E-Discovery in Criminal Cases: A Need for Specific Rules

Article excerpt

This article explores how issues concerning electronic evidence and discovery (e-discovery) and its associated electronically stored information (ESi) are not relegated to civil litigation, and that the subject matter has an equal impact on criminal litigation. The following suggests a rapidly growing need for courts to uniformly recognize the increasing necessity for an accused to access ESi in order to effectively build a defense in modern-day criminal prosecutions where the context in which the ESI was forensically ascertained may be as important to a defendant as the content of the information recovered.

Section I introduces the subject matter of e-discovery and ESi. Section ii addresses the manner in which civil litigation pioneered a judicial focus on codifying specific rules of civil procedure governing the pretrial exchange of e-discovery. Section iii delves into the manner in which the criminal justice system appears to be handling e-discovery in criminal matters. it further discusses an arguable disconnect between traditional rules of criminal procedure addressing pretrial discovery and the growing need for modernization of the rules in criminal proceedings to specifically direct parties on how to uniformly interact concerning ESi where such directions exist in civil litigation matters. (3) Moreover, Section IV addresses the concern that the status quo of e-discovery in criminal matters places parties that lack financial resources at a substantial disadvantage, as opposed to those who are able to retain legal counsel to navigate e-discovery issues. Section V discusses the constitutional implications surrounding e-discovery in criminal matters. Sections VI and VII discuss a proposal for a "balancing test" and possible pretrial discovery tools for the exchange of ESI beyond that which is contemplated in more traditional rules of criminal procedure currently followed by the courts.

I. INTRODUCTION

Criminal defense lawyers are as obligated as their civil law brethren to be conversant with electronic discovery and its various attendant forms of electronically stored information in order to effectively represent their clients. Modern day communications, through email, the Internet, instant messaging, electronic faxing, and digital voicemail, expand the nature and location of "relevant evidence" as well as the obligations to obtain, preserve, produce and manage this evidence.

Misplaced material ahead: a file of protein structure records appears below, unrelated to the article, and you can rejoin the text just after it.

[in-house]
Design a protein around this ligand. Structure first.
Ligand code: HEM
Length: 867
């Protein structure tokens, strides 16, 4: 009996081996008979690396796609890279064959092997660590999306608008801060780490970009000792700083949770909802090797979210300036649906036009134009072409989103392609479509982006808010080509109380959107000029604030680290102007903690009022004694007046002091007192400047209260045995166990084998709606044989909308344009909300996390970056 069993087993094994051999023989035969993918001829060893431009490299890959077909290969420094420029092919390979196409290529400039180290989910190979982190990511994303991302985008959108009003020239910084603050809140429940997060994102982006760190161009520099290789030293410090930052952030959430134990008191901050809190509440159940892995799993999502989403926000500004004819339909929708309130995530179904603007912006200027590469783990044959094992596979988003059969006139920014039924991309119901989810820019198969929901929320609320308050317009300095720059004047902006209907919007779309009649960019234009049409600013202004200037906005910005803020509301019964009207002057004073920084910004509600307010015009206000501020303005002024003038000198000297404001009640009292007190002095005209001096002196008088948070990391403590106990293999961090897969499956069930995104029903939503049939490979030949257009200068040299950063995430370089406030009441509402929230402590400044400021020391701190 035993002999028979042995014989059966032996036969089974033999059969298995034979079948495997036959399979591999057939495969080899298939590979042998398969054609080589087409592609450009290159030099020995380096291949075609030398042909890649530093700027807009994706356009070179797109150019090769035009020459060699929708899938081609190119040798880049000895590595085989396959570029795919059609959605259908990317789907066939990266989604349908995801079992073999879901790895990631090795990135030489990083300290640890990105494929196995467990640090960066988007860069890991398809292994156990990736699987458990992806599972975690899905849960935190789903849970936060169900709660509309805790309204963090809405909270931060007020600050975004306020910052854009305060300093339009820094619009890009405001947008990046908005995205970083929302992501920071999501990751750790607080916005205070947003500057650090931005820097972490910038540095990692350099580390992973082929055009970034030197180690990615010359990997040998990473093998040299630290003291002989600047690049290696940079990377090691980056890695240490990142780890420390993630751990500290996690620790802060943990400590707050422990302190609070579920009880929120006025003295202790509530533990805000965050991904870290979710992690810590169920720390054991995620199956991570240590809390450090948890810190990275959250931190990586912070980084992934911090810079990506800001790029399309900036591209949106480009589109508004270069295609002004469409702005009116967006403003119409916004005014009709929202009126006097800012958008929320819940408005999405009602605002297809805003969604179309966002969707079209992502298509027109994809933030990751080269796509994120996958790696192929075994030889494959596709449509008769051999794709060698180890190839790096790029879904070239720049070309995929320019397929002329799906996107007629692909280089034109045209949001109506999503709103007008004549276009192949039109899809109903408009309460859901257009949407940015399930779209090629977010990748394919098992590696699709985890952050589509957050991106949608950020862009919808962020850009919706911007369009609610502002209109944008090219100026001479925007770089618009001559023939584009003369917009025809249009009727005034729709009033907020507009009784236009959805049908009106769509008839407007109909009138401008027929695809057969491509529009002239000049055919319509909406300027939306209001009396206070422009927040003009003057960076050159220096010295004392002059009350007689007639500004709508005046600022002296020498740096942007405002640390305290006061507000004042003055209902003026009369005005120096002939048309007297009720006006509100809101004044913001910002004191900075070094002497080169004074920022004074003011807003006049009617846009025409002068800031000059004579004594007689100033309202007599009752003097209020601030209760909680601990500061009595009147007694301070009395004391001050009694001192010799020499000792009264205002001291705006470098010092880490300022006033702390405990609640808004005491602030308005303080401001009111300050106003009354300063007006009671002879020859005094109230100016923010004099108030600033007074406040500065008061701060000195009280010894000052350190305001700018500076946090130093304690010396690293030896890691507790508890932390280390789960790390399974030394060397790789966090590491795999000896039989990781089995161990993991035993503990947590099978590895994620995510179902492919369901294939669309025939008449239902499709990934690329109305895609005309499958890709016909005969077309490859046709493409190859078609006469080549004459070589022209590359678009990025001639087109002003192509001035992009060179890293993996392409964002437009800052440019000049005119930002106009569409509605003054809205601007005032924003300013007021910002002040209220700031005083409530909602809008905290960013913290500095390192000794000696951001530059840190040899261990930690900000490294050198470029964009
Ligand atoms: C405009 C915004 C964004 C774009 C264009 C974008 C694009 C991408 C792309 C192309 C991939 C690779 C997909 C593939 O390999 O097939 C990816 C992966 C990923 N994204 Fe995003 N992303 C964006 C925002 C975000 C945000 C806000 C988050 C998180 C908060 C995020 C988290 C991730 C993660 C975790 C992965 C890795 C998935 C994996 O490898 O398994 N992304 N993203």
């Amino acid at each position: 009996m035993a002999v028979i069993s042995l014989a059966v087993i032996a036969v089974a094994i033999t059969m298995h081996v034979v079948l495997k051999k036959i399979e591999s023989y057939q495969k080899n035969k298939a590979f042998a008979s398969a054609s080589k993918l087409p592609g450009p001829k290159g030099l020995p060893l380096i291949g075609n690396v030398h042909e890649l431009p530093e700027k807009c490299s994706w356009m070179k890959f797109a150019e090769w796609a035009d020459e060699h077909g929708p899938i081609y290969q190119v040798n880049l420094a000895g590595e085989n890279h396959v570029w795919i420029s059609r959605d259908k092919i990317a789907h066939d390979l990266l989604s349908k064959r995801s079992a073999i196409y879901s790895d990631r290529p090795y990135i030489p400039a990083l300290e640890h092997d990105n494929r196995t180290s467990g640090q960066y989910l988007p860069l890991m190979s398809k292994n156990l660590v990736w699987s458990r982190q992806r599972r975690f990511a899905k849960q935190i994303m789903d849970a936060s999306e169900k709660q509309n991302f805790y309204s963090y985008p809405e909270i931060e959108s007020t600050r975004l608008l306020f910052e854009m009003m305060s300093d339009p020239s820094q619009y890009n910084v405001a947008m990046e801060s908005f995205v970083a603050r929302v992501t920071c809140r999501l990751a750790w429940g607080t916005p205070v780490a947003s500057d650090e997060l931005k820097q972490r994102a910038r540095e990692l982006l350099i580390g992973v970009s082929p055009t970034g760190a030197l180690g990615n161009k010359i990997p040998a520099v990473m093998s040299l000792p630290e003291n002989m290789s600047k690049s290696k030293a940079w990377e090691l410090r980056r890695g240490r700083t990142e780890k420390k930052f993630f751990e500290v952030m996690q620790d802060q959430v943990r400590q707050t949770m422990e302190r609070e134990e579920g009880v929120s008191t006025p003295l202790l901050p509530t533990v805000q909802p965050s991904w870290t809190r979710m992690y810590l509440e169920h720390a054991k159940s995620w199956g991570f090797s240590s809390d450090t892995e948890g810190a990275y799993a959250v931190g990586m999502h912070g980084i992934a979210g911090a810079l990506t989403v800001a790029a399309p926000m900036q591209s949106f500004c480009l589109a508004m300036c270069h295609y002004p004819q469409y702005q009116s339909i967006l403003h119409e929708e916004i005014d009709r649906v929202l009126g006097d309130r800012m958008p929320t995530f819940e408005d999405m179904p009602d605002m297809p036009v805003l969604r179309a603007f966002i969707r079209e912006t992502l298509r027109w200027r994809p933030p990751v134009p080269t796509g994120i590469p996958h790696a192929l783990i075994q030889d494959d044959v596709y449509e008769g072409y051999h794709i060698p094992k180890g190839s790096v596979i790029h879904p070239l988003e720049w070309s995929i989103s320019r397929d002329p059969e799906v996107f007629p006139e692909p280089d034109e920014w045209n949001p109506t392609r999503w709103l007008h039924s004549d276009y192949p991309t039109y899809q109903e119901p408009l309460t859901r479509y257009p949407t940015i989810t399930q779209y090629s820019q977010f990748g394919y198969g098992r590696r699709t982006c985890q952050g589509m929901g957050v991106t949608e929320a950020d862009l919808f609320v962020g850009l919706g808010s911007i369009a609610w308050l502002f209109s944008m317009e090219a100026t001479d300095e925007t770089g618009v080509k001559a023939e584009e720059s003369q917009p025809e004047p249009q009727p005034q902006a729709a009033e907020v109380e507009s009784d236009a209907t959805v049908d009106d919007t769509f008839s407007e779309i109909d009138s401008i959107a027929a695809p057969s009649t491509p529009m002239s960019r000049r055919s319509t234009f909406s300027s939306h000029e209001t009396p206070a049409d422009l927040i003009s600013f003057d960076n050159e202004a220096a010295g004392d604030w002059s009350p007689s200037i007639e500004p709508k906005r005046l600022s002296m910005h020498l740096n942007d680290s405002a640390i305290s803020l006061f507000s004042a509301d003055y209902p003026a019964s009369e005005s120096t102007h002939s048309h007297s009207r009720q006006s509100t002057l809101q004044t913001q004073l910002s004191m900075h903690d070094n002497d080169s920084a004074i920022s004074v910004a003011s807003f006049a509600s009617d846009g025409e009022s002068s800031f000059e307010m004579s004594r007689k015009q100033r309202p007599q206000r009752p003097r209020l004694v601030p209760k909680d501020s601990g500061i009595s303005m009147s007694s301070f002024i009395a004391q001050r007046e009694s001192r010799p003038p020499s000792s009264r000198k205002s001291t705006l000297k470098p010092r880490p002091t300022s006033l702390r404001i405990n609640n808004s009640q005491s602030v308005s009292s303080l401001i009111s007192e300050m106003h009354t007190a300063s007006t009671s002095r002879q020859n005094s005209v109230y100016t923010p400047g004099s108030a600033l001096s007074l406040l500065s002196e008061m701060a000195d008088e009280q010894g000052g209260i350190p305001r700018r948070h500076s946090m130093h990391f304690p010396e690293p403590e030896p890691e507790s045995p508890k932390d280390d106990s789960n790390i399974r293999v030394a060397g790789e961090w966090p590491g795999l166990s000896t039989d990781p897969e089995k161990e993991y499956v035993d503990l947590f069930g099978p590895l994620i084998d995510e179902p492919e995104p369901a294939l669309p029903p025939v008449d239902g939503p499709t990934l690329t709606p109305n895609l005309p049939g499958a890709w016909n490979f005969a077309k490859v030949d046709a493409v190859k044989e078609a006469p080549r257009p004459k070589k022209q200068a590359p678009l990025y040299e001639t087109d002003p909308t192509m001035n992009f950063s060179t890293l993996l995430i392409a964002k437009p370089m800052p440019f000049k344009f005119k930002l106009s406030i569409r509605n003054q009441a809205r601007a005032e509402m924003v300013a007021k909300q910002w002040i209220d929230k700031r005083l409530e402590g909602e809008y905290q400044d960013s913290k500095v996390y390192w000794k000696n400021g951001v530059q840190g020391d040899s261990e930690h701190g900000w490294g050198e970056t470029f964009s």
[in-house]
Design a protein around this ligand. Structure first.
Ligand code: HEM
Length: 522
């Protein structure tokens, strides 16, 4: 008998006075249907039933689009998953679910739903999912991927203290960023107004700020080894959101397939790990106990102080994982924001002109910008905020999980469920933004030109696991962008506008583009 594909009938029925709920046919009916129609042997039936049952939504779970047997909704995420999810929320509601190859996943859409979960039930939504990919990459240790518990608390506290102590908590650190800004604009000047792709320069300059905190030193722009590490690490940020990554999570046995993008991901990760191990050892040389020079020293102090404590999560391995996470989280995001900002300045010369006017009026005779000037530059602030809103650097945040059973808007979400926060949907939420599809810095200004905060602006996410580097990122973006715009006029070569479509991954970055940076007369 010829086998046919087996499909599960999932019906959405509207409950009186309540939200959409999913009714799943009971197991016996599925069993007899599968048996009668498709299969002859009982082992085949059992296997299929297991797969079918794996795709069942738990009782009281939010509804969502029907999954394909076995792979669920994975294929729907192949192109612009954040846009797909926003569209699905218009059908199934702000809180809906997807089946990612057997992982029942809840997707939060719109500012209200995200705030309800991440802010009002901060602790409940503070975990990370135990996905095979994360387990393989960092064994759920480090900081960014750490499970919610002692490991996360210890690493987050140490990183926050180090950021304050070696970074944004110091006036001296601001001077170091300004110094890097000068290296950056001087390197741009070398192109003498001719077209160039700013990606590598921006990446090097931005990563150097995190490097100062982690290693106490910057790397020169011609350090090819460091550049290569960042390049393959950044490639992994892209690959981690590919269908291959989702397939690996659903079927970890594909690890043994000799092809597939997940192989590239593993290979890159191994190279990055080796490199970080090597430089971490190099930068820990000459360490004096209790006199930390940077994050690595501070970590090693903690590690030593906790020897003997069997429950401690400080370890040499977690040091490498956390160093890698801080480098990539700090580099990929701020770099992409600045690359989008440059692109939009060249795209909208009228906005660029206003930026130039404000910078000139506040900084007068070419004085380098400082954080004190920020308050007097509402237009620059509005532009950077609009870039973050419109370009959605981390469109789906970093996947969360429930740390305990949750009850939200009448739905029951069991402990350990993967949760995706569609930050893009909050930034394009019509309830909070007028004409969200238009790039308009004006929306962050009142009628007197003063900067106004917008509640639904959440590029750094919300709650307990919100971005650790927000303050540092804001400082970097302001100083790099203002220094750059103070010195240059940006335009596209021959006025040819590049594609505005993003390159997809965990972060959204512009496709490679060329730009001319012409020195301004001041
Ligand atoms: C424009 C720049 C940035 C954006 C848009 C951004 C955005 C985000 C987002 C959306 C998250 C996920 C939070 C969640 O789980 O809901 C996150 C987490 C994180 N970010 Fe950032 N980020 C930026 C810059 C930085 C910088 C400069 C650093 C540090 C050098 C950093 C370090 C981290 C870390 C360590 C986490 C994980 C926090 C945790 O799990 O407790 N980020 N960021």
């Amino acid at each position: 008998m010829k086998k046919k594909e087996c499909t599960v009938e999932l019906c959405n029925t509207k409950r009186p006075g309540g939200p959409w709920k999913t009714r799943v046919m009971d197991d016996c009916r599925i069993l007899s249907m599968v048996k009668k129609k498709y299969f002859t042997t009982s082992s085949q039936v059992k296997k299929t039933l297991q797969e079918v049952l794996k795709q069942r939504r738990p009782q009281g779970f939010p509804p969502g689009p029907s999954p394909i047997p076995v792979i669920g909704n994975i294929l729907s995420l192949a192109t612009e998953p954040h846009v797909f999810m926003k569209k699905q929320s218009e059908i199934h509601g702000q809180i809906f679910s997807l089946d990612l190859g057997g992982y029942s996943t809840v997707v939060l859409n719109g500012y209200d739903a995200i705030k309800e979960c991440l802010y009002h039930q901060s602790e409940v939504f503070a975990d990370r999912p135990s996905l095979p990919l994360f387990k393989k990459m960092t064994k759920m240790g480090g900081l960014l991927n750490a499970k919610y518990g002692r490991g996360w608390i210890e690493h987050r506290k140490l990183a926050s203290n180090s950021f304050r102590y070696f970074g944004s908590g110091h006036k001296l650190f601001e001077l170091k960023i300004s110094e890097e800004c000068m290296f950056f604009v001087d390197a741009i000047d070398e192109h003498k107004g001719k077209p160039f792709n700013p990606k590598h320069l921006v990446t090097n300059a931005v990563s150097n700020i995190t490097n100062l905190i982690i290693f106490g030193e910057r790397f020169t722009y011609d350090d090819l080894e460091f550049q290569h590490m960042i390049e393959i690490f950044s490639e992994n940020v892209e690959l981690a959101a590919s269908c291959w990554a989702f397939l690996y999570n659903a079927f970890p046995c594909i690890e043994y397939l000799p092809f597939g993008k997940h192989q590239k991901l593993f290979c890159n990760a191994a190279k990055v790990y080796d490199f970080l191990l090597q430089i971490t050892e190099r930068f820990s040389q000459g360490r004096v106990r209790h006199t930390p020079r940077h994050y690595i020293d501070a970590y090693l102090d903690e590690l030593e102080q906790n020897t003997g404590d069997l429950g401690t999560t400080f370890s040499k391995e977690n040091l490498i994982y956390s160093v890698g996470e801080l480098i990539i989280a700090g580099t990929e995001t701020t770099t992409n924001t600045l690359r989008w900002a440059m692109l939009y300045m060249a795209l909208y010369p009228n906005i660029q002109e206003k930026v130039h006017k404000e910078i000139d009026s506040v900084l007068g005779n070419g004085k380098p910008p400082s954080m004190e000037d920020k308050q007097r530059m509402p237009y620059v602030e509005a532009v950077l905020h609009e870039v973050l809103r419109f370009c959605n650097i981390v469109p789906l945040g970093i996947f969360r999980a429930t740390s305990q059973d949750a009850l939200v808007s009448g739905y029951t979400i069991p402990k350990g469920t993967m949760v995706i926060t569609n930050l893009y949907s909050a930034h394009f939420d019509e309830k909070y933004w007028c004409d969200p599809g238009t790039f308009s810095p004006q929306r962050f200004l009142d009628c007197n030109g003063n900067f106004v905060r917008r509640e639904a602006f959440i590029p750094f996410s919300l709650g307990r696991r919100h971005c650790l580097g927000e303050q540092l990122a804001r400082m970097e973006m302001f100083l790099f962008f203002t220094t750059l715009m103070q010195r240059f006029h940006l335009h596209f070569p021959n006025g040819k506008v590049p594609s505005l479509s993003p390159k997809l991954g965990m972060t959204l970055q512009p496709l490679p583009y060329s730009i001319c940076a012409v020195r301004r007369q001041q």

ESI evidence when handled properly, or if mishandled, can significantly impact the outcome of a client's civil or criminal case. Importantly, e-discovery assumes a critical role unique to criminal proceedings. unlike hard copy documents and tangible evidence (e.g., gun, picture, clothing, etc.), ESI may contain exculpatory evidence that may not be readily apparent to the prosecution, who maintains custody and control over the ESI. Additionally, the prosecution may improperly possess ESI that should be the subject of a motion to suppress. Finally, the dynamic nature of ESI has the potential to develop into Brady (4) material. The government's obligations under Brady are not rooted in any particular constitutional right to discovery, but rather in the due process protections defendants are afforded in criminal proceedings. (5)

A. How to Obtain Electronic Evidence

A significant issue many criminal defendants may encounter is ascertaining and obtaining electronic evidence in the possession of the prosecution. The greatest challenge may well lie in successfully convincing the court that the prosecution's approach to the pre-trial exchange of ESI will adversely impact the defendant's constitutional and procedural rights in building a full and fair defense to the government's charges. The expense and burden of e-discovery must be balanced against the potential of a criminal defendant losing one's liberty.

B. What the Constitution Says About Electronic Discovery

The United States Supreme Court primarily has grounded a defendant's rights to fairness in the criminal process on the defendant's right to invoke the protection of the Fifth Amendment. …